Sunday, 02 Apr 2023

TechScape: 25 (more) tweets on Twitters future

TechScape: 25 (more) tweets on Twitters future

TechScape: 25 (more) tweets on Twitters future

1. I was a bit hasty back in April. Elon Musk did not, in fact, buy Twitter that month. But now he has. The six-month delay, which likely cost incredible sums in legal bills and caused upheaval in Twitter HQ, is over. Musk saved $0 on the purchase price.

2. The deal is the largest take-private since 2016 (when Dell bought EMC in a $67bn deal), the third largest in history (after Texas-based Energy Future's acquisition in 2007) and overwhelmingly the biggest one led, funded and controlled by a private individual.

3. It has been six days since Musk walked into Twitter HQ carrying a basin (so he could tweet "let that sink in"). There has been more change than is typical for the first week after a multibillion acquisition - and, substantially, more still proposed.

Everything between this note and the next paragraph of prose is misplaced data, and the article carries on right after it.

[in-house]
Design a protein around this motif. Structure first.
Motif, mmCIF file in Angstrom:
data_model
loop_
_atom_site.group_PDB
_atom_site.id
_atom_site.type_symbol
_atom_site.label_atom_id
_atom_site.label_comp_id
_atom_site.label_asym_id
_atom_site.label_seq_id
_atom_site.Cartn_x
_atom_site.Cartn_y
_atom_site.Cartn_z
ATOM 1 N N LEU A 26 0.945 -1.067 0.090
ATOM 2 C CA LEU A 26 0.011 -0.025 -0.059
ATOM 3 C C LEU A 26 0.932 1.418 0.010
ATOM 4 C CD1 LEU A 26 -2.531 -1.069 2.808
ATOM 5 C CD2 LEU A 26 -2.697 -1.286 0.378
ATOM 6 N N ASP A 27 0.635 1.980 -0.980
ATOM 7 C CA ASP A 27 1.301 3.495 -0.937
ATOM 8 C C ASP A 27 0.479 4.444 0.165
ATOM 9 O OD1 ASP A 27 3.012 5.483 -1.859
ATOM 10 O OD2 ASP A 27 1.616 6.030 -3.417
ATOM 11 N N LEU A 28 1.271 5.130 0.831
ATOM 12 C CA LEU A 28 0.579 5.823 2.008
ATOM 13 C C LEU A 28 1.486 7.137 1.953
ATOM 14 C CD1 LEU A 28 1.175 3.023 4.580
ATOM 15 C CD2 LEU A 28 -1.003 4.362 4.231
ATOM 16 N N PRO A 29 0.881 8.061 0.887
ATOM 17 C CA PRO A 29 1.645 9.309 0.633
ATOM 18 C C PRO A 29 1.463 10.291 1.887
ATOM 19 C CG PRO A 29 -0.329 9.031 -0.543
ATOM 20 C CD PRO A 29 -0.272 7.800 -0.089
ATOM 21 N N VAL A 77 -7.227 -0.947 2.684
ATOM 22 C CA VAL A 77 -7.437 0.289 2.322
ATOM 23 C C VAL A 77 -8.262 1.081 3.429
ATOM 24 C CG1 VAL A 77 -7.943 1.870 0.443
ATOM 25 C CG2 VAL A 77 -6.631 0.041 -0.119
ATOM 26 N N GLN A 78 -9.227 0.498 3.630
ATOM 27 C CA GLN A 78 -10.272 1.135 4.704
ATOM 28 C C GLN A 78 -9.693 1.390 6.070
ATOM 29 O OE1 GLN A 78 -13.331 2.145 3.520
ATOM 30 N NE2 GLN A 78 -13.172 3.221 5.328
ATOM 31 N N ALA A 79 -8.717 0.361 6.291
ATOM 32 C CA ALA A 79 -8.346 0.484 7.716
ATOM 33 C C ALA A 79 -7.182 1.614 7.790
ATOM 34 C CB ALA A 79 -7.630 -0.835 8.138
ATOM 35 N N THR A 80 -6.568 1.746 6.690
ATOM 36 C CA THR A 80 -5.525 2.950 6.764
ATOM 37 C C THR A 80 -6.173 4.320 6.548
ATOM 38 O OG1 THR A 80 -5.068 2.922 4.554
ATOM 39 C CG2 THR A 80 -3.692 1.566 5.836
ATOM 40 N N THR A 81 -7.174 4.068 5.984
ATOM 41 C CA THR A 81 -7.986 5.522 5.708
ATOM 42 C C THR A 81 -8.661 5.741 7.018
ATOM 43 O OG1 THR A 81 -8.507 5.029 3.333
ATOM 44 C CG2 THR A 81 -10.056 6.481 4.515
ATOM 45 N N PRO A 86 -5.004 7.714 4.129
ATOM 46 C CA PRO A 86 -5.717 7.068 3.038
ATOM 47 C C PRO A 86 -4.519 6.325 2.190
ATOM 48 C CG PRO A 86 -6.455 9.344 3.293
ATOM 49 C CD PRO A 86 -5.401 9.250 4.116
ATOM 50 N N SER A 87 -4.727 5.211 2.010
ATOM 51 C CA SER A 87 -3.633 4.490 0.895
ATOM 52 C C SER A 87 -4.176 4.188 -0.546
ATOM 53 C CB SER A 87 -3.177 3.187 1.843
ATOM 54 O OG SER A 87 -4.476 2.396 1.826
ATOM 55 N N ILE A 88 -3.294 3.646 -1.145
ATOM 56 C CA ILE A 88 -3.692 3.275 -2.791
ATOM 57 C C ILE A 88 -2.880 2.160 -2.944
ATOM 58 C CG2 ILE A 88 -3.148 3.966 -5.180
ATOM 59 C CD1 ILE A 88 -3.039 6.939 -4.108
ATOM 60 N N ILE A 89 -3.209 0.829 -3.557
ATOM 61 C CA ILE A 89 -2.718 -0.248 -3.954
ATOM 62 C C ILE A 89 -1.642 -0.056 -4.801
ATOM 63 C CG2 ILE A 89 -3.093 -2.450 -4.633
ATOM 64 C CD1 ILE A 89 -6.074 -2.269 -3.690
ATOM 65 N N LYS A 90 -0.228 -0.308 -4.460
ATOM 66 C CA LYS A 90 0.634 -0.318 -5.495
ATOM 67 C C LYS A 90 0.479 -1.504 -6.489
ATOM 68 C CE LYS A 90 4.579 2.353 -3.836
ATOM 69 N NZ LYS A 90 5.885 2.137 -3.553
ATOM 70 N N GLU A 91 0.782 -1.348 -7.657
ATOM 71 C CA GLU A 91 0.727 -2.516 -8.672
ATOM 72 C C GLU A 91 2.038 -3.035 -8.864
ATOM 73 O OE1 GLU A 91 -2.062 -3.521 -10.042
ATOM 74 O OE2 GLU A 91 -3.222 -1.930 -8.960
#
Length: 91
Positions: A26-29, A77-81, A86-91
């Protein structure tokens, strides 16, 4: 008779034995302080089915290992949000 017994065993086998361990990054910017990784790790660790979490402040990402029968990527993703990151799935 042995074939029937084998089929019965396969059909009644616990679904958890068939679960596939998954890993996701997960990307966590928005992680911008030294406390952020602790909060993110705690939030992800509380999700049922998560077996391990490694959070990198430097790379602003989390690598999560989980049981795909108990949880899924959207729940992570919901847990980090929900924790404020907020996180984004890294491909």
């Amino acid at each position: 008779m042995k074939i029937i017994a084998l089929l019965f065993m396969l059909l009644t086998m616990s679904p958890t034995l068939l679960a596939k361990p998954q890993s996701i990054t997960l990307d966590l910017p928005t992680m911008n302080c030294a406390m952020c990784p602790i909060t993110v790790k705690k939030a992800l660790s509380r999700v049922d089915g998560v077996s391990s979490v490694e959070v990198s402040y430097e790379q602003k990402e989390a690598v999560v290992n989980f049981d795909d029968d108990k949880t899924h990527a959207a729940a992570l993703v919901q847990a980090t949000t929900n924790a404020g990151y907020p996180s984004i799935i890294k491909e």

4. Musk's first act was to fire a slate of executives and bring in a brain trust of his pals to sketch out the future. Among the execs canned were the CEO, CFO and (tellingly) Vijaya Gadde, the legal chief and moderation pro seen as responsible for suspending Donald Trump.

5. Initial reports said the execs would receive handsome "golden parachutes". But Musk isn't usual: the sackings were allegedly a surprise, and "for cause", an attempt to avoid payouts by claiming ill performance - an accusation that Musk denies.

6. His second act, equally symbolic, was to order a change to the front page of the site. You won't notice it unless you're logged out: the new default is the "Explore" tab, rather than the sign-up page. In other words, the focus is on growing passive use, not account creation.

7. The real point of that change was Musk imprinting his authority. No review, no focus groups, no multi-week debates between executives. He orders the change; it gets done. That, staffers are to understand, is now the way of things.

you may also like